Congressional Democrats and Republicans have increased the US Department of Defence (DoD) budget to $738bn for 2020, a 3% rise from this year’s budget, despite Republicans seeking a higher increase in military spending.
The Pentagon had requested a $750bn budget which it said was necessary for the US military to maintain its strength. The total US budget passed is $1.4 trillion.
Congressional Armed Services Committee member Mac Thornberry said: “While I believe that our military needs more funding than this agreement provides, it undoubtedly makes our military stronger and more agile.
“We cannot underestimate the incredible benefit of funding our troops on time for the second year in a row, something Congress hasn’t done in recent memory. By doing so, we will potentially save billions by avoiding wasteful stopgap measures. For those reasons, this agreement has my strong support.”
The US Navy was allocated the highest share of the defence budget accounting for $205bn, with the Army receiving $191bn and the Air Force $204bn.
The US is also set to spend around $100bn on research and development, a $9bn increase, investing in ongoing projects developing autonomous aircraft and vessels. Another area receiving increased funding is the Pentagon’s Cyber Command which is set to receive $10bn.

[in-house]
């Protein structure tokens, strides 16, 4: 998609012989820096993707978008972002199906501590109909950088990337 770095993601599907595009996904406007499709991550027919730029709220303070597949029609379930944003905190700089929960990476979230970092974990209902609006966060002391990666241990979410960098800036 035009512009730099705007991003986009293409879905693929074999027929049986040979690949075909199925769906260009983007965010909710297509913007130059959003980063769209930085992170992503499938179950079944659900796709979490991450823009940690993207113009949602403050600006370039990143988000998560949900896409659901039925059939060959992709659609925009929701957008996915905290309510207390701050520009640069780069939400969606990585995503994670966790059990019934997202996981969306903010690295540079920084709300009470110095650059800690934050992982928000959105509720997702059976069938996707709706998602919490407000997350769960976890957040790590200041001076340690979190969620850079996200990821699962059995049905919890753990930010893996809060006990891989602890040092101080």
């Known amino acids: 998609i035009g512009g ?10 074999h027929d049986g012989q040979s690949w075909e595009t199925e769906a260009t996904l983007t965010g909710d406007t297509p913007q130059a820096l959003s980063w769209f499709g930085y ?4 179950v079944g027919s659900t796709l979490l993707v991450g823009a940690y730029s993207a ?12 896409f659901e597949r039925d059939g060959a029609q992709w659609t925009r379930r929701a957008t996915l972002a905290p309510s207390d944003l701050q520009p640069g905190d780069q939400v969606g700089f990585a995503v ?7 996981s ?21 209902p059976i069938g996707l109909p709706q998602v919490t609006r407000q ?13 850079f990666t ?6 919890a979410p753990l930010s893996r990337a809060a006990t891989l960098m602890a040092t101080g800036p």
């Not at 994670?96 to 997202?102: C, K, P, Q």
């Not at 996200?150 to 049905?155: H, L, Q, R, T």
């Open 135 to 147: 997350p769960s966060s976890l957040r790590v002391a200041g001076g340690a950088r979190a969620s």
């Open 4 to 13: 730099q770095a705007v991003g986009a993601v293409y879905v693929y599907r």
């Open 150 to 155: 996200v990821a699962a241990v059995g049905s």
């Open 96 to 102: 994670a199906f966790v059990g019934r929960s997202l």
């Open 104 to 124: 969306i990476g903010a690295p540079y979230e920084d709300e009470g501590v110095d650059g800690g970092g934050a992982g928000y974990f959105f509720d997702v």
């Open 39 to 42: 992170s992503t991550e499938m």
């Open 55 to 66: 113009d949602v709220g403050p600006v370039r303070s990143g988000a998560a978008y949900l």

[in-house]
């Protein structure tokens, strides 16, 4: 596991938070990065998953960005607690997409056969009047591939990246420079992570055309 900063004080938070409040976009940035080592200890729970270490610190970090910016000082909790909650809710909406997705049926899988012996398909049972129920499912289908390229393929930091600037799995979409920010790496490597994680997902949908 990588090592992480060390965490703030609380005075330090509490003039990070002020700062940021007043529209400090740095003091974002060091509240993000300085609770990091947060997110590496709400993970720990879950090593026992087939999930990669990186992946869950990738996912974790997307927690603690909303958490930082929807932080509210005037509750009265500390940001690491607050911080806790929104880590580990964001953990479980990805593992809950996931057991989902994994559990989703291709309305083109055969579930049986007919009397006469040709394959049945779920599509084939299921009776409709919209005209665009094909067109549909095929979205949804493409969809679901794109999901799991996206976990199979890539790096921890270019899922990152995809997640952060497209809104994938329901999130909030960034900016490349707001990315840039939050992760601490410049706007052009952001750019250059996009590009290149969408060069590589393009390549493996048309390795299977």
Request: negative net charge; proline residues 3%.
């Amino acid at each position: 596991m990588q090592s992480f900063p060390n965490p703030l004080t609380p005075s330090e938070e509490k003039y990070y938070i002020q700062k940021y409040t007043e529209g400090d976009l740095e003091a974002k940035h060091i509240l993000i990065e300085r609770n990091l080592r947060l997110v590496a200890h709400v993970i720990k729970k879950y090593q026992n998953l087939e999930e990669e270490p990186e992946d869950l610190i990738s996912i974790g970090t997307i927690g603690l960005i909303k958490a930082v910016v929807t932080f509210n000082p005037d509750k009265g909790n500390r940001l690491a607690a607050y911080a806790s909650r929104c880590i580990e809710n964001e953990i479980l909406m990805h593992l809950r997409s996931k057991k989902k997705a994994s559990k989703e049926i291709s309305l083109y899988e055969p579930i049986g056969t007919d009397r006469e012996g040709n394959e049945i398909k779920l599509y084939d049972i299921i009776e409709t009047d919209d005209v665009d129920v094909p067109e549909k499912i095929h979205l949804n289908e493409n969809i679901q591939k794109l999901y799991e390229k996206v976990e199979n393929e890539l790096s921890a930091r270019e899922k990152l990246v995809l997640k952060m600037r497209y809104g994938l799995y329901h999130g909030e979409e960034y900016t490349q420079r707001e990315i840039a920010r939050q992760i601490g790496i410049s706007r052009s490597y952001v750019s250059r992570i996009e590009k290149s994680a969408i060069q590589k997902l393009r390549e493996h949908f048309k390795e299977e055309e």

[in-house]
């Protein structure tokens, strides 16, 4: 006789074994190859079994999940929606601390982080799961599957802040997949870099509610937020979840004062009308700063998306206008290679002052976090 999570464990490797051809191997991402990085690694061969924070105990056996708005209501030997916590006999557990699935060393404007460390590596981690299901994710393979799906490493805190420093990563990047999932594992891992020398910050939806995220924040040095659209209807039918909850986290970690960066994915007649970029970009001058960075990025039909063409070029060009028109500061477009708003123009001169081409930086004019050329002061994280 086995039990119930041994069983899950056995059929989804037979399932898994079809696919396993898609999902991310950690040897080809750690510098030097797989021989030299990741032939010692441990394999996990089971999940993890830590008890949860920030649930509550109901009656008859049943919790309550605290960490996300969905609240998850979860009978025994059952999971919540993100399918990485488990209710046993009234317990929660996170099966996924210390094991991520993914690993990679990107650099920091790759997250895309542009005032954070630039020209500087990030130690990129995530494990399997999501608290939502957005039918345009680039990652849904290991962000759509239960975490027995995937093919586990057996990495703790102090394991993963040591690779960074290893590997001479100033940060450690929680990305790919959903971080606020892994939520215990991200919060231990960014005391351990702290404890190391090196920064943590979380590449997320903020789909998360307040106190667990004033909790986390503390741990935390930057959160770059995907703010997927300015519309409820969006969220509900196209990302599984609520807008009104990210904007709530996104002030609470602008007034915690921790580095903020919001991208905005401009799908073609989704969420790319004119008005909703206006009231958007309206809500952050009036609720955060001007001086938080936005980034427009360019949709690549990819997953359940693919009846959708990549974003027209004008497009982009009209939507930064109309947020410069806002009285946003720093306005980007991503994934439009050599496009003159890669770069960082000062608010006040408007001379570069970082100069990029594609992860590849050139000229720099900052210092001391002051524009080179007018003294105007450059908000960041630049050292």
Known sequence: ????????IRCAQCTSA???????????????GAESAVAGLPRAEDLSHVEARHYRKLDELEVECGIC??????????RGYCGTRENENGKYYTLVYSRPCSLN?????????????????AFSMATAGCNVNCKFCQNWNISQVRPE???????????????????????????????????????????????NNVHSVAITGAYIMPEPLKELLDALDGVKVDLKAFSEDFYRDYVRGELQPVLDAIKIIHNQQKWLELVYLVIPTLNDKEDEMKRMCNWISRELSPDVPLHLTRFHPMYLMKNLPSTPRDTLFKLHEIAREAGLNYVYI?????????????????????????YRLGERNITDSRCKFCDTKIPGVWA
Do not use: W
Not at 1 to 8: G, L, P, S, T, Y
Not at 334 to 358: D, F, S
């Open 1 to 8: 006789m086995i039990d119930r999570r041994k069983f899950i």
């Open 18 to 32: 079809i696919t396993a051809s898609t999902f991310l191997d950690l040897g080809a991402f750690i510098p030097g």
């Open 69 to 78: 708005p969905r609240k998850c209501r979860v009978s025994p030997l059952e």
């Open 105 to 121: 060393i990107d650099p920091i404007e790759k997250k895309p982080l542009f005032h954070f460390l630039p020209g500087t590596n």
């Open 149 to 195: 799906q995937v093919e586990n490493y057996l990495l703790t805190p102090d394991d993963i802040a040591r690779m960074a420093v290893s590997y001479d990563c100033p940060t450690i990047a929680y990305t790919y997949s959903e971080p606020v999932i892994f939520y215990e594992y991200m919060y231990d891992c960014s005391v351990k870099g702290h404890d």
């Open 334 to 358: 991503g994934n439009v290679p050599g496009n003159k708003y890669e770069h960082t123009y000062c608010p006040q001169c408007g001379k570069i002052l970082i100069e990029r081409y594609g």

President Donald Trump praised the deal tweeting: “I am pleased to announce that a deal has been struck with Senate Majority Leader Mitch McConnell, Senate Minority Leader Chuck Schumer, Speaker of the House Nancy Pelosi, and House Minority Leader Kevin McCarthy – on a two-year Budget and Debt Ceiling, with no poison pills.
“This was a real compromise in order to give another big victory to our Great Military and Vets!”
The US is consistently the world leader in defence spending, followed by China and Saudi Arabia. In 2018 the US spent more than the next ten biggest defence spenders combined.
In 2018 the DOD alone spent triple that of its European NATO allies combined. Since the election of Donald Trump, the US has pressured NATO allies to increase defence spending to the recommended 2% of their GDP.
The US defence budget maintains the country’s vast reach across the world, funding 800 bases in 70 countries.
The US Defence budget has received criticism for excessive spending in past years after it was revealed the US Air Force was buying $1,000 coffee cups.